Texas Is Considering a Violence Prevention Effort Outside of Law Enforcement—Without Challenging Gun Rights Head On

A new bill would establish a statewide office that would be the first of its kind in the South, and among the first in the country.

Sam DeGrave

This story was originally published by The Trace, a nonprofit newsroom covering gun violence in America. Sign up for its newsletters here.

When Rodney McIntosh saw the pistol, his instincts kicked in. He grabbed the armed man’s hand, shoved it down, and pushed him back into his car. It wasn’t McIntosh’s first time in a conflict on the verge of becoming a shooting. It’s his job. “You can’t do this in broad daylight,” McIntosh recalled telling the young man. If he’d pulled the trigger that day, prison wouldn’t be the only concern. “Someone is going to come shoot you, too,” McIntosh told him.

A community activist, pastor, and mentor, McIntosh, 44, leads a small team battling violence in east and south Fort Worth, using his experiences as a former gang member to mentor young men and mediate conflicts before they devolve into gun violence. The fledgling organization, called VIP Fort Worth, is one of a number of programs that could benefit from a new bill that would help grow and support community-based violence prevention and intervention programs in Texas.

House Bill 1580 would establish a statewide office focused on community violence intervention and prevention. The proposal is novel because the office would be housed in the state’s public health department, not a law enforcement agency — for example, California, a pioneer in state funding for violence prevention, administers its grants through its state Department of Corrections. While the placement of an office might sound like a technical issue, supporters say this approach matters because it would incentivize more holistic strategies, developed with the communities most affected, that don’t use incarceration as a catch-all solution. A shift to community-based prevention reflects the needs of the moment, as Texas tries to quell surging violence without placing that responsibility solely on law enforcement. The statewide office would be the first of its kind in the South, and among the first in the country.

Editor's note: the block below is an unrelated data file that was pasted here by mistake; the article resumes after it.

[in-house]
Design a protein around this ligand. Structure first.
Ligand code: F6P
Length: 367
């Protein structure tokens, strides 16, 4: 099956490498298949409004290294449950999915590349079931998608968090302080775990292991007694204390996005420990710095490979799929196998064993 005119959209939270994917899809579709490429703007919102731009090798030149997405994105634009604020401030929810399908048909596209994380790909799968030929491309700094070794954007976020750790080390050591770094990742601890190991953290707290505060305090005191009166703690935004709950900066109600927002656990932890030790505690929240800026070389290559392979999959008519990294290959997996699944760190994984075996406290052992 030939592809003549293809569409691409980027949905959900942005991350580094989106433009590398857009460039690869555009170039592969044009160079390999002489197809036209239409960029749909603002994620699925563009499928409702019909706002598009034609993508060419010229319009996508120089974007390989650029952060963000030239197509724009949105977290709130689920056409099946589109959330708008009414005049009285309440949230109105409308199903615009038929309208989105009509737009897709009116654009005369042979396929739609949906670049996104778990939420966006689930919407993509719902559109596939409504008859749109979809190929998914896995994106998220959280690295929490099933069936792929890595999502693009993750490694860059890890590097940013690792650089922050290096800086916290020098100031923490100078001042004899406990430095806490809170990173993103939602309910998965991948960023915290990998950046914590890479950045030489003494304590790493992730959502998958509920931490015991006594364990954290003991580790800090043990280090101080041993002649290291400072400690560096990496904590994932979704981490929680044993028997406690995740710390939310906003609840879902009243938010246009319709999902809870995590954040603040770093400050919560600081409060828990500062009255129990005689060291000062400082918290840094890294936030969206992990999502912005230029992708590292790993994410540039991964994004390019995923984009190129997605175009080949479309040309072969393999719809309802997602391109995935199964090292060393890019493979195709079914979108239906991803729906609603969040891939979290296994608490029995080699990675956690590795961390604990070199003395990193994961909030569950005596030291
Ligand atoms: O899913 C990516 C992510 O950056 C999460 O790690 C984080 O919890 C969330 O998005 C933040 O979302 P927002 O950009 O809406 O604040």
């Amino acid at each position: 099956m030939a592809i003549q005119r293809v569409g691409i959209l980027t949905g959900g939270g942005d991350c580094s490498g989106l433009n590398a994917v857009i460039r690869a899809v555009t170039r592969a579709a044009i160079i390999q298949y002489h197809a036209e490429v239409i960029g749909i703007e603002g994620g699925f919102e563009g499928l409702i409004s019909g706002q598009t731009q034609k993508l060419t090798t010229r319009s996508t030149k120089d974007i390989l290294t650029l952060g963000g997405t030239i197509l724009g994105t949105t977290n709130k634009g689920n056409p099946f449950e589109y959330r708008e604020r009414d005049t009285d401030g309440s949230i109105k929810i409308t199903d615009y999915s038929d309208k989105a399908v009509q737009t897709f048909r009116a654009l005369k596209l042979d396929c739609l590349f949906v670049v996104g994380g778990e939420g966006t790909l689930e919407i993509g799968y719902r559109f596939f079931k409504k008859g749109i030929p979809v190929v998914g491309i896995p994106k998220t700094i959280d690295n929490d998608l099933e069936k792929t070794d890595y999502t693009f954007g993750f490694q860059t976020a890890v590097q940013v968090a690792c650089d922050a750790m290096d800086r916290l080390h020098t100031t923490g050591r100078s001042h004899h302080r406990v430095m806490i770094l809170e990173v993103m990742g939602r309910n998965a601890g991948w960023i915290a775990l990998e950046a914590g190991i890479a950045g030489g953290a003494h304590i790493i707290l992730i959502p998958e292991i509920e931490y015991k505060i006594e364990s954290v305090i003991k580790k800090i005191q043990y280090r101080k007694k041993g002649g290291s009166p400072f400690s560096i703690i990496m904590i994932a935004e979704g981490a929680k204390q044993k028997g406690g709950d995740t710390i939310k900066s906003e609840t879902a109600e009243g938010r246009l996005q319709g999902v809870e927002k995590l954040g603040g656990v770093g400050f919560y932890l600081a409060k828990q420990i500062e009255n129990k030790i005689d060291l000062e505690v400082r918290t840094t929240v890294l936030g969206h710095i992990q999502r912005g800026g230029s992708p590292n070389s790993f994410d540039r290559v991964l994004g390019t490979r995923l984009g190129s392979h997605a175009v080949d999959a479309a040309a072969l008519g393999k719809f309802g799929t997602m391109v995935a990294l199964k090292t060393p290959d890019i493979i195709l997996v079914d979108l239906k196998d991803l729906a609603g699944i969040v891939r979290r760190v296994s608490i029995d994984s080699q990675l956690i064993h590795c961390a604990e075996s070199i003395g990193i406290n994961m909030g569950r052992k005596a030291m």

This is Texas’ first legislative session since back-to-back mass shootings in El Paso and Midland-Odessa in August 2019, twin tragedies that pressured officials to act. Since then, reformers have tempered their hopes for change: In 2020, Republicans performed better in Texas’ elections than expected, emboldening the state party. The bill is one of at least 20 related to violence prevention and gun reform, and also comes after some of Texas’ biggest cities saw homicides spike by as much as 60 percent. Though the Legislature is juggling proposed responses to several crises, advocates say this bill has better prospects than other gun control bills. They say that’s because the violence prevention bill doesn’t constrain gun rights.

The bill’s supporters are drawing inspiration from VIP Fort Worth and similar community-led initiatives. In VIP’s case, mediating conflicts before they turn violent is a large part of the job, but the team does more than immediately respond to crises. It also includes long-term stabilization support for young men believed to be involved in the cycle of violence. McIntosh and four outreach workers — called community change agents —connect young men to social and health services, and employment and educational opportunities.